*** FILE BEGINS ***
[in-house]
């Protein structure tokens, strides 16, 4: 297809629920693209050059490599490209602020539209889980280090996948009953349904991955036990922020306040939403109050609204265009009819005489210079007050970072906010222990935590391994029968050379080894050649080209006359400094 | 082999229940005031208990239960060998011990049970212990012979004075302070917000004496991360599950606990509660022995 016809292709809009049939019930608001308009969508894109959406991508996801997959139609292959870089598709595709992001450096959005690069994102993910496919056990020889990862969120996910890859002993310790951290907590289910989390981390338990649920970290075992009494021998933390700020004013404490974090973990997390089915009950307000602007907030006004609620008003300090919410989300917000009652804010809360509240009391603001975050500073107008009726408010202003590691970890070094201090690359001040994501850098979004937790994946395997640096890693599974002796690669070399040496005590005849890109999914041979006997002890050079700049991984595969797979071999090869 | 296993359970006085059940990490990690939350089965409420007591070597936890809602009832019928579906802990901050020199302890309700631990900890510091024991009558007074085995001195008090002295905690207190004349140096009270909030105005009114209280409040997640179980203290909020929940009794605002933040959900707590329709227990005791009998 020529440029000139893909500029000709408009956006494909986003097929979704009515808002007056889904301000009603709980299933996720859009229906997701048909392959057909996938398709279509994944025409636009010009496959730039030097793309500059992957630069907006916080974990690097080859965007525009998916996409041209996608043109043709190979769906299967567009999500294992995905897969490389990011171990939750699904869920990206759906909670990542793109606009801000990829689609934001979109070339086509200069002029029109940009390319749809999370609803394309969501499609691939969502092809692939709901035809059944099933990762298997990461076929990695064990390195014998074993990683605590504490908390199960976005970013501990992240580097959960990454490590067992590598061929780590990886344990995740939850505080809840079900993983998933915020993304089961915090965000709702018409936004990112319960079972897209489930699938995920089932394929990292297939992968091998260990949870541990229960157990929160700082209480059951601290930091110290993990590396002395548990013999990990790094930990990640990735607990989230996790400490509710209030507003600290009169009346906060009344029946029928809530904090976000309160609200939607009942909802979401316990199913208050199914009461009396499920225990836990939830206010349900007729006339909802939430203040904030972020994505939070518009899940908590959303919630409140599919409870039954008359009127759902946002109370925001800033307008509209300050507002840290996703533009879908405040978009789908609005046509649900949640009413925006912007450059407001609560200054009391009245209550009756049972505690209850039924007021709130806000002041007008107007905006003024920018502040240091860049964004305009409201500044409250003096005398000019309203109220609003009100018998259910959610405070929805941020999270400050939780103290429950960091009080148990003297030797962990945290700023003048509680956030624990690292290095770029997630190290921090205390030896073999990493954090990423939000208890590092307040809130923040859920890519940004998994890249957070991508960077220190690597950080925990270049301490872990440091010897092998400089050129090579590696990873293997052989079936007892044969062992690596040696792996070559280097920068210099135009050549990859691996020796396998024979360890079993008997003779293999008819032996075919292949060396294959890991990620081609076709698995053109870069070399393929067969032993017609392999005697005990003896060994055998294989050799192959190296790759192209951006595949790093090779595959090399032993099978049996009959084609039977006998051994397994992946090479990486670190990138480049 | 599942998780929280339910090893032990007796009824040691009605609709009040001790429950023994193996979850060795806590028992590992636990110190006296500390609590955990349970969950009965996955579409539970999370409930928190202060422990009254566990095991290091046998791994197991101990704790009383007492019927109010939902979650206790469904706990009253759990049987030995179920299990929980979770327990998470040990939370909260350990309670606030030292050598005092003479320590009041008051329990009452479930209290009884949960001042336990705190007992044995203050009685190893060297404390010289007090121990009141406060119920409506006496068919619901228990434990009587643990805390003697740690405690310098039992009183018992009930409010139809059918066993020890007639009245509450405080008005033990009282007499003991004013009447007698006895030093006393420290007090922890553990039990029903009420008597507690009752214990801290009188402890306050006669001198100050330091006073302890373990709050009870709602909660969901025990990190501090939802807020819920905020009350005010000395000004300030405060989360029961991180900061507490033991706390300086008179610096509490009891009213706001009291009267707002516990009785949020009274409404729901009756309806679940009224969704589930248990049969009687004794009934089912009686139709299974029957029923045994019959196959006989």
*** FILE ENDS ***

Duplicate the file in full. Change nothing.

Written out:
[in-house]
């Protein structure tokens, strides 16, 4: 297809629920693209050059490599490209602020539209889980280090996948009953349904991955036990922020306040939403109050609204265009009819005489210079007050970072906010222990935590391994029968050379080894050649080209006359400094 | 082999229940005031208990239960060998011990049970212990012979004075302070917000004496991360599950606990509660022995 016809292709809009049939019930608001308009969508894109959406991508996801997959139609292959870089598709595709992001450096959005690069994102993910496919056990020889990862969120996910890859002993310790951290907590289910989390981390338990649920970290075992009494021998933390700020004013404490974090973990997390089915009950307000602007907030006004609620008003300090919410989300917000009652804010809360509240009391603001975050500073107008009726408010202003590691970890070094201090690359001040994501850098979004937790994946395997640096890693599974002796690669070399040496005590005849890109999914041979006997002890050079700049991984595969797979071999090869 | 296993359970006085059940990490990690939350089965409420007591070597936890809602009832019928579906802990901050020199302890309700631990900890510091024991009558007074085995001195008090002295905690207190004349140096009270909030105005009114209280409040997640179980203290909020929940009794605002933040959900707590329709227990005791009998 020529440029000139893909500029000709408009956006494909986003097929979704009515808002007056889904301000009603709980299933996720859009229906997701048909392959057909996938398709279509994944025409636009010009496959730039030097793309500059992957630069907006916080974990690097080859965007525009998916996409041209996608043109043709190979769906299967567009999500294992995905897969490389990011171990939750699904869920990206759906909670990542793109606009801000990829689609934001979109070339086509200069002029029109940009390319749809999370609803394309969501499609691939969502092809692939709901035809059944099933990762298997990461076929990695064990390195014998074993990683605590504490908390199960976005970013501990992240580097959960990454490590067992590598061929780590990886344990995740939850505080809840079900993983998933915020993304089961915090965000709702018409936004990112319960079972897209489930699938995920089932394929990292297939992968091998260990949870541990229960157990929160700082209480059951601290930091110290993990590396002395548990013999990990790094930990990640990735607990989230996790400490509710209030507003600290009169009346906060009344029946029928809530904090976000309160609200939607009942909802979401316990199913208050199914009461009396499920225990836990939830206010349900007729006339909802939430203040904030972020994505939070518009899940908590959303919630409140599919409870039954008359009127759902946002109370925001800033307008509209300050507002840290996703533009879908405040978009789908609005046509649900949640009413925006912007450059407001609560200054009391009245209550009756049972505690209850039924007021709130806000002041007008107007905006003024920018502040240091860049964004305009409201500044409250003096005398000019309203109220609003009100018998259910959610405070929805941020999270400050939780103290429950960091009080148990003297030797962990945290700023003048509680956030624990690292290095770029997630190290921090205390030896073999990493954090990423939000208890590092307040809130923040859920890519940004998994890249957070991508960077220190690597950080925990270049301490872990440091010897092998400089050129090579590696990873293997052989079936007892044969062992690596040696792996070559280097920068210099135009050549990859691996020796396998024979360890079993008997003779293999008819032996075919292949060396294959890991990620081609076709698995053109870069070399393929067969032993017609392999005697005990003896060994055998294989050799192959190296790759192209951006595949790093090779595959090399032993099978049996009959084609039977006998051994397994992946090479990486670190990138480049 | 599942998780929280339910090893032990007796009824040691009605609709009040001790429950023994193996979850060795806590028992590992636990110190006296500390609590955990349970969950009965996955579409539970999370409930928190202060422990009254566990095991290091046998791994197991101990704790009383007492019927109010939902979650206790469904706990009253759990049987030995179920299990929980979770327990998470040990939370909260350990309670606030030292050598005092003479320590009041008051329990009452479930209290009884949960001042336990705190007992044995203050009685190893060297404390010289007090121990009141406060119920409506006496068919619901228990434990009587643990805390003697740690405690310098039992009183018992009930409010139809059918066993020890007639009245509450405080008005033990009282007499003991004013009447007698006895030093006393420290007090922890553990039990029903009420008597507690009752214990801290009188402890306050006669001198100050330091006073302890373990709050009870709602909660969901025990990190501090939802807020819920905020009350005010000395000004300030405060989360029961991180900061507490033991706390300086008179610096509490009891009213706001009291009267707002516990009785949020009274409404729901009756309806679940009224969704589930248990049969009687004794009934089912009686139709299974029957029923045994019959196959006989």